In Victoria (Australia), you probably would have used a Sands & McDougall Directory to find people in the days before telephone directories & the Internet.
These impressive publications were compiled annually between 1857 and 1974 and listed the occupants at every business and residence, as well as all professions and trades in the colony (pre-Federation) and state (post-Federation).
They were based on surveys conducted by doorknockers who visited every address in both urban and rural areas.
Local directories such as these became important when cities grew to the point that they could no longer rely on word of mouth and other informal ways to find people and as a response to the mass migrations of people from other regions and countries (e.g. during the Gold Rush that began in the 1850s).
Over the years other directories were produced in Victoria by government agencies, such as the post office and electoral office, and various private companies – but none were as comprehensive as the Sands & McDougall directories.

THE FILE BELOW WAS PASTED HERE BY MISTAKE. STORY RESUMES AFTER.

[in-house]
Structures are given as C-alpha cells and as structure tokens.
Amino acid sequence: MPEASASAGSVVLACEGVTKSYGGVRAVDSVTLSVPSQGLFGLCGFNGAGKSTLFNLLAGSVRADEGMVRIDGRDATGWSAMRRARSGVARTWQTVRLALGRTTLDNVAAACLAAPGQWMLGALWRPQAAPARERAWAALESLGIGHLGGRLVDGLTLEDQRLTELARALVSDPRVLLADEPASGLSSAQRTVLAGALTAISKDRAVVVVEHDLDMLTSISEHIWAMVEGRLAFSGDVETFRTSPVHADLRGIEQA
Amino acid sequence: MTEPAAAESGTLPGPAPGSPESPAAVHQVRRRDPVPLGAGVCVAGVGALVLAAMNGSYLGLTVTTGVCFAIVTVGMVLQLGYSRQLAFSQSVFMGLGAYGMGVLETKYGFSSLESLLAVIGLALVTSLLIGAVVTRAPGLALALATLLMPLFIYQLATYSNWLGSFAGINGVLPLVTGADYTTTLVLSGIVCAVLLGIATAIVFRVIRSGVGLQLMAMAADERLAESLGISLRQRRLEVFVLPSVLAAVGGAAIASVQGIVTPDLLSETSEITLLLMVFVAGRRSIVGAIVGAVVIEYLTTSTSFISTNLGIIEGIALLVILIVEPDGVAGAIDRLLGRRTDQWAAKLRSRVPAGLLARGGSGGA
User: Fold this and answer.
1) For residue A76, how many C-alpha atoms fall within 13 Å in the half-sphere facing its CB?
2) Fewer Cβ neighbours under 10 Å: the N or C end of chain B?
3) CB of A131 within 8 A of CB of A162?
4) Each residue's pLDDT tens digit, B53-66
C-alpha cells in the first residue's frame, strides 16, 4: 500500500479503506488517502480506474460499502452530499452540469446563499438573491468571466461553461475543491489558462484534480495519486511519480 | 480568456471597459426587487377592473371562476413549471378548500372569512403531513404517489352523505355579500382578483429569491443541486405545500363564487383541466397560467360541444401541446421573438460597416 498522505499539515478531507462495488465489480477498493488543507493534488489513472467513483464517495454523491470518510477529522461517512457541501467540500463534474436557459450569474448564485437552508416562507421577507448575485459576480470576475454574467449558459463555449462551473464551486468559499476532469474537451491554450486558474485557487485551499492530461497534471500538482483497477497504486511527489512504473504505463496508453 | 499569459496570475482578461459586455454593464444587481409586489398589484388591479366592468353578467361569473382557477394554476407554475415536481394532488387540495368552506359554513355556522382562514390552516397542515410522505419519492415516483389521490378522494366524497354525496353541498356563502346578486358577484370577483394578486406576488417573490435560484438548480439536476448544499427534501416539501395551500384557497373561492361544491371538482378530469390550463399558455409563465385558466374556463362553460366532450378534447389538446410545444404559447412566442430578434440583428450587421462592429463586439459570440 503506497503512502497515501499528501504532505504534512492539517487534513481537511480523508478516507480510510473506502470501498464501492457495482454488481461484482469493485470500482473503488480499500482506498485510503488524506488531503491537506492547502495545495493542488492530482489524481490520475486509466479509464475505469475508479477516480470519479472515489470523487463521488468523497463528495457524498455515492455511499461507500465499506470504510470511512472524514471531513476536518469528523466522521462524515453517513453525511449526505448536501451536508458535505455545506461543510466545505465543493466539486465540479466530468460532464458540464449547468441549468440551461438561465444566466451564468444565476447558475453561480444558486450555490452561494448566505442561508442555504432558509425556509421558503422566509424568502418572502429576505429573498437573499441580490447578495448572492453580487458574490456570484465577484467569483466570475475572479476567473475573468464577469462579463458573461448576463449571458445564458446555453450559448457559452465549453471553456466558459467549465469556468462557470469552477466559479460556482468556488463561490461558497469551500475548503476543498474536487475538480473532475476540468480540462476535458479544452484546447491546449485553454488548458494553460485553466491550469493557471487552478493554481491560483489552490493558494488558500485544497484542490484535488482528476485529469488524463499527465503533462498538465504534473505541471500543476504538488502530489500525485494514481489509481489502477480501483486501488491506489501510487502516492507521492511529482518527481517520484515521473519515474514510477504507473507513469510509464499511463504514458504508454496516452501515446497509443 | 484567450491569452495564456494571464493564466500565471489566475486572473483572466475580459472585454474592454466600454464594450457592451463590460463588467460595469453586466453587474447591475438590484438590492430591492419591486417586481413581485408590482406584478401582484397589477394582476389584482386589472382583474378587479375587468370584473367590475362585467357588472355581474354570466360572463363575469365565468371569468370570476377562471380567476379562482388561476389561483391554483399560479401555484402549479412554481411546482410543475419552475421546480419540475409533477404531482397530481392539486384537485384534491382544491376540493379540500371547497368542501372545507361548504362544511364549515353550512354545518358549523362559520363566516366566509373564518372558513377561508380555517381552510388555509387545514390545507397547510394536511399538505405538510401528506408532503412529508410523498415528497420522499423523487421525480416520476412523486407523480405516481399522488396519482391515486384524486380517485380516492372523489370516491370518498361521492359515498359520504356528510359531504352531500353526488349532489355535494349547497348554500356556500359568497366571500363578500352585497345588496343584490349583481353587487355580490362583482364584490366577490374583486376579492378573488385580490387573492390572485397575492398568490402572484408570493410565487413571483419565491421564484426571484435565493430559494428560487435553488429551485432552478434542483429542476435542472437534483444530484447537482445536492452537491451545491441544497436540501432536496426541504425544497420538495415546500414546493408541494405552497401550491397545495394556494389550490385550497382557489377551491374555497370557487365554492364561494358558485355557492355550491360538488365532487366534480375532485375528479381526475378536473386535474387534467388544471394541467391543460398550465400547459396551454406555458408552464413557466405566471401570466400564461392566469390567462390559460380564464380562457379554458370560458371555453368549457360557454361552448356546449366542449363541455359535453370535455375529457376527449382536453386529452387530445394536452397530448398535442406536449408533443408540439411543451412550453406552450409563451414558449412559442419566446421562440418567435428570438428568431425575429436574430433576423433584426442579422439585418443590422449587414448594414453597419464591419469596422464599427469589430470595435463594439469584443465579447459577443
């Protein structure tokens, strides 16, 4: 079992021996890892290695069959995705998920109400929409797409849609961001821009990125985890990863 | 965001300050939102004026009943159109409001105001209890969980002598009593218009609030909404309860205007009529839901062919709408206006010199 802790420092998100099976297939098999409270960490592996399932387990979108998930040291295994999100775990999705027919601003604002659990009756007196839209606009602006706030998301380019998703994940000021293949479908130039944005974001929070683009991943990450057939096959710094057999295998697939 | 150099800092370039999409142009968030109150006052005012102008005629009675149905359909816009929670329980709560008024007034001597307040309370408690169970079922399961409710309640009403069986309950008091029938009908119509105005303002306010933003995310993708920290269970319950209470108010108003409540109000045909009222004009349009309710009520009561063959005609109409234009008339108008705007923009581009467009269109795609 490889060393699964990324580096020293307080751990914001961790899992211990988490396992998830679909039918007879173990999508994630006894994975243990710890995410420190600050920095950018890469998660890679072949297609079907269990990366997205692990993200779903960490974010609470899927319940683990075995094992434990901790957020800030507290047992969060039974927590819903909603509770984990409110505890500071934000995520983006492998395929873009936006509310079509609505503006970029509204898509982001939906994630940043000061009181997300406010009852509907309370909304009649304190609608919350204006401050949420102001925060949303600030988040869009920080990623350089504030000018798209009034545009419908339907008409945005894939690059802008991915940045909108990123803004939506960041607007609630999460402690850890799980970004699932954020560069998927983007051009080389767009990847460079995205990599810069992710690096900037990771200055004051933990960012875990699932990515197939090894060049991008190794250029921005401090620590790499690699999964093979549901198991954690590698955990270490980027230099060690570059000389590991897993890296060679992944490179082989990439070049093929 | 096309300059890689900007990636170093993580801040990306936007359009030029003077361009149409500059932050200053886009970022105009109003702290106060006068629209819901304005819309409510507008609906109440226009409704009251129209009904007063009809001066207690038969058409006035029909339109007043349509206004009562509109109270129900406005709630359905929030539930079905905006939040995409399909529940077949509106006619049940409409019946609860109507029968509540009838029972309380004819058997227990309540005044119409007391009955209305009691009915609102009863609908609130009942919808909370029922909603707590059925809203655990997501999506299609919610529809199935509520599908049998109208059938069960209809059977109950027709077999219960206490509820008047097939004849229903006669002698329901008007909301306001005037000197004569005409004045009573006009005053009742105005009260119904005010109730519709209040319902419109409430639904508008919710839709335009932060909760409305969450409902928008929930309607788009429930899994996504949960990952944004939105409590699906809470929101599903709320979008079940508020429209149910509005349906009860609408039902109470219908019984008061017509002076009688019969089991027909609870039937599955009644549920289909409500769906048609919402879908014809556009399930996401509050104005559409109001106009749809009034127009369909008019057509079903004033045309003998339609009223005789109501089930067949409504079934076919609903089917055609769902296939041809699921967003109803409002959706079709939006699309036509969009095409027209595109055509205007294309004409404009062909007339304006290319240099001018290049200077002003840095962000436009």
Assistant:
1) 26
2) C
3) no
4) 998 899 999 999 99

(Sands & McDougall also produced commercial directories for Sydney and Adelaide, while other government agencies and private companies produced similar publications for other cities.)
Even though the information was frequently out of date by the time it was published, local directories were a valuable resource for roles such as office and legal staff, mailrooms, travelling salesmen, advertisers, and debt collectors.
Nowadays they are most often appreciated by historians and genealogists and offer us a fascinating insight into life at a specific point in time.
It’s fun to use local directories to find out when your house was built and who lived there before you or to discover where your forebears lived and what work they did. But these volumes can tell us so much more about the cities and towns we live in.
(As you can see in this excerpt from the 1906 edition, racism and propaganda were alive and well in the early days of the White Australia Policy – but check out the names of the cabinetmakers working at Punch’s Lane!)
Details such as professions and trades were often included with the list of names and/or street addresses, as well as in a separate section of the directory.